The Web Doesn’t Always Matter

For some businesses and industry sectors, the Web just isn’t that important. Yet. Why?

Those of us engaged in the Web everyday sometimes wonder how we ever got things done before. We live and breathe email, blogs and blog ourselves and are active on at least Twitter if not another microblog platform. Then there’s the marketers that are increasingly driving budget spend towards Web initiatives and trying to understand Social Media. A question by Beth Harte last night on Twitter got me to thinking and inspired this posts…hat tip to Beth, she often asks some good questions!

So what businesses or sectors may not find much relevance with the Web? Beth went on to say “can you think of any business that isn’t online or is never searched for online?” It’s a good question and feeling somewhat ornery, I had to think on it. Here’s my take…what’s yours?
I differentiate between “searched for” and having a presence online. I see them as separate, since something is more than likely being searched for, but may not be online.
In Nova Scotia a past main industry was fishing, but it is far less today than it was. A friend of mine was making a documentary last year and needed to find a commercial fisherman. He searched and searched online…nothing. And Nova Scotia is a VERY connected province in online terms. He had to use good ol’ human networking. Then there’s the local shoe-shop I was in recently and blogged about…he really doesn’t need a website. Similarly there’s a biotech company I know in Boston who has no website; they know their customers, are profitable and see no need for a presence.
The areas I find less likely to be online are older, very local businesses. Mostly because the Web is only just starting to get very local. This is slightly different in major urban areas, but rural areas still lack good Web access, thus preventing them from being engaged with the benefits of the Web. This however, will change. In addition, the Web generation is getting older and taking on management positions and bringing those businesses more into the Web era.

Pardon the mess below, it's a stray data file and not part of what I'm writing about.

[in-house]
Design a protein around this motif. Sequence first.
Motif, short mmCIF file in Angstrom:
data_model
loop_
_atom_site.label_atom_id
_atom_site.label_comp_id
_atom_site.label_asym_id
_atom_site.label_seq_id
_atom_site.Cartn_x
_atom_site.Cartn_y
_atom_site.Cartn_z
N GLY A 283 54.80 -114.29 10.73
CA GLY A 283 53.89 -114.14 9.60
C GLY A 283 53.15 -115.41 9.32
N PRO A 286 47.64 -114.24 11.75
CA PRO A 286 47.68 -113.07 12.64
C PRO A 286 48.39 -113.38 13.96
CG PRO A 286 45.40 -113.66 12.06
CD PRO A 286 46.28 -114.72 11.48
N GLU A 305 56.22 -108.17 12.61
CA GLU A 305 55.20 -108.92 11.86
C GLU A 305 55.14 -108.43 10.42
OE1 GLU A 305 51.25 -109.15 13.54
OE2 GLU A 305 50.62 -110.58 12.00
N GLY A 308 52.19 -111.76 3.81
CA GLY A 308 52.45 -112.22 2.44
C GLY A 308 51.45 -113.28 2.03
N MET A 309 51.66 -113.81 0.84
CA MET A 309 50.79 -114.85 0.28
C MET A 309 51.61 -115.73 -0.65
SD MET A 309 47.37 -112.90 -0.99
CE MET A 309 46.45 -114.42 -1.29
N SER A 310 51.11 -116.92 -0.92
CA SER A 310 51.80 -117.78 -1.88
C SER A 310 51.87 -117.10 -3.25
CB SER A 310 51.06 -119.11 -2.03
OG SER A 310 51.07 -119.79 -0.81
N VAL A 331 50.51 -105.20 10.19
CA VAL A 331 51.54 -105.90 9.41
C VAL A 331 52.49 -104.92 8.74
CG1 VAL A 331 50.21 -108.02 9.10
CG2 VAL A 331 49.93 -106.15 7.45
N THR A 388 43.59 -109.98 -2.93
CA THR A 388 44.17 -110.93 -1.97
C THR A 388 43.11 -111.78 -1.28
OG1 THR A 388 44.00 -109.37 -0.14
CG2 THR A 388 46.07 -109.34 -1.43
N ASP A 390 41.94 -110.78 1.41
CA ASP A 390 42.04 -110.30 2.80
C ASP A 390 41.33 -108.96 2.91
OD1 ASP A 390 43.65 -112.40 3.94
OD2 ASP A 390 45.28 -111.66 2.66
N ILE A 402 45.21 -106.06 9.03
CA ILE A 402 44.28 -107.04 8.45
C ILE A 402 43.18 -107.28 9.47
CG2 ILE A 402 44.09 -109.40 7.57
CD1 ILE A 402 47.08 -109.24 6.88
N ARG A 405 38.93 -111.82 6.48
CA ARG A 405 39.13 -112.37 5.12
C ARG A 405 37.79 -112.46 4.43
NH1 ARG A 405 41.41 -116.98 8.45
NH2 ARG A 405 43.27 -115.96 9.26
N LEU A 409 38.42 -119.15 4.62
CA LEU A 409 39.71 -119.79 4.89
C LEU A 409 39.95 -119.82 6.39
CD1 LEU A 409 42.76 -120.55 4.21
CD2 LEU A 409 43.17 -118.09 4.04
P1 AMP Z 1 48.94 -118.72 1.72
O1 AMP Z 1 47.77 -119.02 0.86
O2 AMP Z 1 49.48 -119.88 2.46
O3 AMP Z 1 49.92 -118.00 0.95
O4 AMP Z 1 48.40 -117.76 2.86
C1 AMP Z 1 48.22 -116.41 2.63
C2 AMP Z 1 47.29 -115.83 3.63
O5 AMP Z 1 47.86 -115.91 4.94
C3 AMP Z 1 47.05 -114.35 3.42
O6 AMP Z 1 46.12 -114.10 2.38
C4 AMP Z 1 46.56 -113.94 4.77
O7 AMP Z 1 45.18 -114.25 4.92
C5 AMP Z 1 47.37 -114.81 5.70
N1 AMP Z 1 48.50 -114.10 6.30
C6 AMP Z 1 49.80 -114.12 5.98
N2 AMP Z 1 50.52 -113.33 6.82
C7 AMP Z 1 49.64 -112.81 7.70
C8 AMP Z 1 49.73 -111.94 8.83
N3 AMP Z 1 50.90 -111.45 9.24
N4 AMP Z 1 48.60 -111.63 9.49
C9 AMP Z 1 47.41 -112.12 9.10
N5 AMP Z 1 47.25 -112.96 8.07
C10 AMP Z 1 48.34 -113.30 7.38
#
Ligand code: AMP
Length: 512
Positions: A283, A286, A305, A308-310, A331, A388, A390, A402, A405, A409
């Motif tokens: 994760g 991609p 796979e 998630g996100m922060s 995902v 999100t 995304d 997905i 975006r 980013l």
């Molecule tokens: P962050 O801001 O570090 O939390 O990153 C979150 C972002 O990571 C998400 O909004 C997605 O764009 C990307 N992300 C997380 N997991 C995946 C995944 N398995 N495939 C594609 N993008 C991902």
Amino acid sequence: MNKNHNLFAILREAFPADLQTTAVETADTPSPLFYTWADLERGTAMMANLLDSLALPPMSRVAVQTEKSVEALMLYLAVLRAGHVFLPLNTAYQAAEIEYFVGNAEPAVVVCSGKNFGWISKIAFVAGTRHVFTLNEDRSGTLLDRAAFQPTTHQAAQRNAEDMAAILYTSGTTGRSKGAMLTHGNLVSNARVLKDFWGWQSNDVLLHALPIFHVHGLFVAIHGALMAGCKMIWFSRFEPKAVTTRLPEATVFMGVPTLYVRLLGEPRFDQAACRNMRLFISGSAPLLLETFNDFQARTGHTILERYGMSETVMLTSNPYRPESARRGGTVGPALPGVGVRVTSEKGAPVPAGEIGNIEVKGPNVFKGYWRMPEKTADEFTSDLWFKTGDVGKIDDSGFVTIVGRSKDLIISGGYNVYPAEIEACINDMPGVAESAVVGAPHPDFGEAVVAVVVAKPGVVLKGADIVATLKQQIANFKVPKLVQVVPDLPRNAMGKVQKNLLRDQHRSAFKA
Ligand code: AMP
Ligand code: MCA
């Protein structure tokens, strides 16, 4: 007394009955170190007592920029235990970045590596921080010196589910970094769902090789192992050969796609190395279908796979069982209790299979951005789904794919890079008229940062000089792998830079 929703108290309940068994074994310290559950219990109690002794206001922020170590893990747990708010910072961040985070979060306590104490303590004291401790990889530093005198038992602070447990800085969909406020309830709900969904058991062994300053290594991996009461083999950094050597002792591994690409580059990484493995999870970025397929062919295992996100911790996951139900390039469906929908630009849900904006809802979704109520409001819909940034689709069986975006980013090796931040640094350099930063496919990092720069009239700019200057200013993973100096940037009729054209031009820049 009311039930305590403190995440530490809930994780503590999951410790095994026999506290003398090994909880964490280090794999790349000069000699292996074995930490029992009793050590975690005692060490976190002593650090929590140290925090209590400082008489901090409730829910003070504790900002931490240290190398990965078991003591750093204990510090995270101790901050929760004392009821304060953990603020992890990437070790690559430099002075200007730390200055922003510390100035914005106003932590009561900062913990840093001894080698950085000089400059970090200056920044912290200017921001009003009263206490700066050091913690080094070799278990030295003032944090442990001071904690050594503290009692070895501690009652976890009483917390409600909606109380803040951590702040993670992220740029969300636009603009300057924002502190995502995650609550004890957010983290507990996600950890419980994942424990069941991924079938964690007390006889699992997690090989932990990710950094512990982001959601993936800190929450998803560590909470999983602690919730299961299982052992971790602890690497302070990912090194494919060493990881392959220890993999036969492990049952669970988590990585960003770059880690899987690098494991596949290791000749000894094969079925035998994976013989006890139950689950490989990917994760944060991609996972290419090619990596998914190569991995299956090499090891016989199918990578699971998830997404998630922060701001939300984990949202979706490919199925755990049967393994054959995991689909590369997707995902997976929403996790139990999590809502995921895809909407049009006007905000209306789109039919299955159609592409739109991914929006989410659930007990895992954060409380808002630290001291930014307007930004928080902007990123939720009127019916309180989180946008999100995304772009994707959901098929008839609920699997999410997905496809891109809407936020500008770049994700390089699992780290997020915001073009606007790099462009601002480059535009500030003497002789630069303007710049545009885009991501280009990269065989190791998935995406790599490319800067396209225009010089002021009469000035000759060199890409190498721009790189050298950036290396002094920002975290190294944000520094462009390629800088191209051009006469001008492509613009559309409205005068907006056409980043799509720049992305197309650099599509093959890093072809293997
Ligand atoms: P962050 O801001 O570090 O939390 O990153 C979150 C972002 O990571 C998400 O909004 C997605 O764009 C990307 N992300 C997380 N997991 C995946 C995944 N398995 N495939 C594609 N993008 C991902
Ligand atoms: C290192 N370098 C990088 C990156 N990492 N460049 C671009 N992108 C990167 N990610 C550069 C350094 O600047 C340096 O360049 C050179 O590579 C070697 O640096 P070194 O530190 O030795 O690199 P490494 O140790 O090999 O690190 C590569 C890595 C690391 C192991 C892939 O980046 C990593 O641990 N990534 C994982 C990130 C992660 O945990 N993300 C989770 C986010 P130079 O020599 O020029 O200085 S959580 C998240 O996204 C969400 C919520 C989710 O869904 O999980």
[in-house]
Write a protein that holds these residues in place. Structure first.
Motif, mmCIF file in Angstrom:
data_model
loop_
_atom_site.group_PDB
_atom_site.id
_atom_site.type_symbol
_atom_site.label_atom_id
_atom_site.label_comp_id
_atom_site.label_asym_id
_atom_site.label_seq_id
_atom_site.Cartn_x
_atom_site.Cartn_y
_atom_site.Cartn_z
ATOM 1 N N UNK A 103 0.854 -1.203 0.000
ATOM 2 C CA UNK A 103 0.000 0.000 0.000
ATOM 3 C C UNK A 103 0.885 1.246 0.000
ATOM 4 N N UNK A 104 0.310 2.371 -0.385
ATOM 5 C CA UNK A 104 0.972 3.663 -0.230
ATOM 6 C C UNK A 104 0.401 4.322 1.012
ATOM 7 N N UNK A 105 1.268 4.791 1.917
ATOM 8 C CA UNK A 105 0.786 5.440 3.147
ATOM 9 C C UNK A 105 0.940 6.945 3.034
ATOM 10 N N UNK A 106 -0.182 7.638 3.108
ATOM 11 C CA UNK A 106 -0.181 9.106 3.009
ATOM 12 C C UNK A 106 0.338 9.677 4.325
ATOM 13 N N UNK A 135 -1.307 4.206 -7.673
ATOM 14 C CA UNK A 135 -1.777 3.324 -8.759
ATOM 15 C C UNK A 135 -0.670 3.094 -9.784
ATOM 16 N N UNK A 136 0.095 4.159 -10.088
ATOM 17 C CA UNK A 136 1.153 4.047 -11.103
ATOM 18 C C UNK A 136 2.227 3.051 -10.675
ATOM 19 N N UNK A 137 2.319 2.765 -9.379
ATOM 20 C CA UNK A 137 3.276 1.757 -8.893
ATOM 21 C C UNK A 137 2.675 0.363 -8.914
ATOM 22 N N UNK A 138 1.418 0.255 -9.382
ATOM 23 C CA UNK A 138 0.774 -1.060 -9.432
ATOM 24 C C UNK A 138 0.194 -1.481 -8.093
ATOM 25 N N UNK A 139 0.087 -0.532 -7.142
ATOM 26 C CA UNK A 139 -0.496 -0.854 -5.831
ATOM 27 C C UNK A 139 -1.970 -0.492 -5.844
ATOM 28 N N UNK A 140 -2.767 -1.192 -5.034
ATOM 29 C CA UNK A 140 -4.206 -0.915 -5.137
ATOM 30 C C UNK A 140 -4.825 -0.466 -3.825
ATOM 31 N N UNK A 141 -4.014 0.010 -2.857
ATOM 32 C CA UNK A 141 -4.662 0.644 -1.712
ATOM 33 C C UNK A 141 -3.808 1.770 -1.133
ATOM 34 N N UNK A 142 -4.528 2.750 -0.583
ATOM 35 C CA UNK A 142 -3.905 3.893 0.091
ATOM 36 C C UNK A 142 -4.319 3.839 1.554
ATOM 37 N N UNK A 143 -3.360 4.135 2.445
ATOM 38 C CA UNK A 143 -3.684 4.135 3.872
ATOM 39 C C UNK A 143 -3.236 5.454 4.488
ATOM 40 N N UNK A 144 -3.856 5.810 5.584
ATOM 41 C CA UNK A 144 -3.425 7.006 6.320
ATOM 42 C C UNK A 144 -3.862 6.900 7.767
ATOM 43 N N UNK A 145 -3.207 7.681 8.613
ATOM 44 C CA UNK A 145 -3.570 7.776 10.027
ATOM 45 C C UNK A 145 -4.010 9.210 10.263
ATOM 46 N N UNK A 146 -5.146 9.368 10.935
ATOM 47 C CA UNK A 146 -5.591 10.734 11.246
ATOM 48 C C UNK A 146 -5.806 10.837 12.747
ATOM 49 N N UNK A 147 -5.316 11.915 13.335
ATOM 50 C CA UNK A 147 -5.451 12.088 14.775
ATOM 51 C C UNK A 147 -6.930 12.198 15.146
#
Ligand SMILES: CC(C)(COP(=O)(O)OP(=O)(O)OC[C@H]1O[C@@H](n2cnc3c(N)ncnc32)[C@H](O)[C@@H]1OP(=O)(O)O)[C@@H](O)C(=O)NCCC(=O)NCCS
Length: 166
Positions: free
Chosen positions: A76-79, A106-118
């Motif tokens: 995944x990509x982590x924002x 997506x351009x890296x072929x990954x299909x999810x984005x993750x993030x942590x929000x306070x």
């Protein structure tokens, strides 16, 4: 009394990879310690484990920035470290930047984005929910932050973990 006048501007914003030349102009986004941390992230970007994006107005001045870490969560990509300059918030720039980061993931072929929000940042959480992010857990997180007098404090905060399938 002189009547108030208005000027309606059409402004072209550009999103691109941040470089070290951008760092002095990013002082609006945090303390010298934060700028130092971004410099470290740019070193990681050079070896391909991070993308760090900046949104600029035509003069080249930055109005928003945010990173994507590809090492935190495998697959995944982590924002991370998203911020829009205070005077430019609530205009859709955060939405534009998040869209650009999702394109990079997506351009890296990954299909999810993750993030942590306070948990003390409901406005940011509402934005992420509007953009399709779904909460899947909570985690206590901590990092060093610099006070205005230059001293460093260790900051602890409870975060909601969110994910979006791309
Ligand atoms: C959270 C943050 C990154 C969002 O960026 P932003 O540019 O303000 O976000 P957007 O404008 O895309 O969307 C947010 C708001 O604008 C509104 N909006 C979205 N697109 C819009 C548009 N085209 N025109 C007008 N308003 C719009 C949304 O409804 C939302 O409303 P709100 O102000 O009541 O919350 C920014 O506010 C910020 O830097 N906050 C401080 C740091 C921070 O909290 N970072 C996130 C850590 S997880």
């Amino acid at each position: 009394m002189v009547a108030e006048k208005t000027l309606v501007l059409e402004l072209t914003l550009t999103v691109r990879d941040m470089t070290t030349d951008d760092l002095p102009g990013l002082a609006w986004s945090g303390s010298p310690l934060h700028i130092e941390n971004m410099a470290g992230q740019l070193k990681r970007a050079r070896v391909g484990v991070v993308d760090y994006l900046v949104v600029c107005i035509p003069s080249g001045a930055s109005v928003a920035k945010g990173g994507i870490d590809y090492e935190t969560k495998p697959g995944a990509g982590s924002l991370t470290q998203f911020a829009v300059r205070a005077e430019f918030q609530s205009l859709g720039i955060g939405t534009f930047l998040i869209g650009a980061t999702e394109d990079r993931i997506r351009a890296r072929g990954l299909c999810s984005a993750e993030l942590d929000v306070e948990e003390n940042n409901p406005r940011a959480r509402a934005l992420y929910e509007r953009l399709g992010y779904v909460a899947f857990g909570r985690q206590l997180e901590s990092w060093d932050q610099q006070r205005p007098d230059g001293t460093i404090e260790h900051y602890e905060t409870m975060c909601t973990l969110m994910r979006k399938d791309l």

As Web access in rural areas becomes more available, and localization of the Web increases, businesses will need to become more engaged. Some won’t (I recall an export business in Halifax in 2003 that was still using rotary dial phones in banks…yup. They were forced to change by the Telco who could no longer support analog phone service, but they have no Web presence) and they will lose business to competitors over time.
Yet many businesses that are online don’t really get engaged even still, they have a brochure website that is rarely if ever updated. Hence companies like GoDaddy who provide basic websites and do very well with small businesses. They are perhaps, a stepping-stone Web service. But for loggers, labour companies and some traditional sector businesses like mining, the Web still provides no significant value proposition, or no one has been able to make a valid case to them. Yet.
Am I missing something? What’s your thought?

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